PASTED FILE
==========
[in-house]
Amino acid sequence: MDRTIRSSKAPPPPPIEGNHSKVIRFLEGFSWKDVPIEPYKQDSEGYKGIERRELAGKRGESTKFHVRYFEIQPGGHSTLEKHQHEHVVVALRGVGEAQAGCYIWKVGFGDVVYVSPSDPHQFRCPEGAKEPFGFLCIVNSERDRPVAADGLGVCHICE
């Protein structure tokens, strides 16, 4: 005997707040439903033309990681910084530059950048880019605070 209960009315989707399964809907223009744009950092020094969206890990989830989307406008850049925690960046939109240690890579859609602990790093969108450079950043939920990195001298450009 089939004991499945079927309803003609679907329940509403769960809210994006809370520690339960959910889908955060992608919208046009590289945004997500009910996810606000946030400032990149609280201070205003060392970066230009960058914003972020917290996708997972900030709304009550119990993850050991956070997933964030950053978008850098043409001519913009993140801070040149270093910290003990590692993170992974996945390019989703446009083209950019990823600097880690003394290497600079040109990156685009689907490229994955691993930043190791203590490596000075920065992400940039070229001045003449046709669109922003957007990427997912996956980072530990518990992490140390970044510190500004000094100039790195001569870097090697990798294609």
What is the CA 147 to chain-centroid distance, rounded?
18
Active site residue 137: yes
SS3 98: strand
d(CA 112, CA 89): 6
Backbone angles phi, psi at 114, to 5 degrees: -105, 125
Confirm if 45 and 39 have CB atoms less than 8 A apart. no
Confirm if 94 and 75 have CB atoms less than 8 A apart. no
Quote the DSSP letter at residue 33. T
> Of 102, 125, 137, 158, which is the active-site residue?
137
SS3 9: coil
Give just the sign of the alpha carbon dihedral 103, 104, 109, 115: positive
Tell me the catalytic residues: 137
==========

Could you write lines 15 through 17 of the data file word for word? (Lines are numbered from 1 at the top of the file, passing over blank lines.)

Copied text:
SS3 9: coil
Give just the sign of the alpha carbon dihedral 103, 104, 109, 115: positive
Tell me the catalytic residues: 137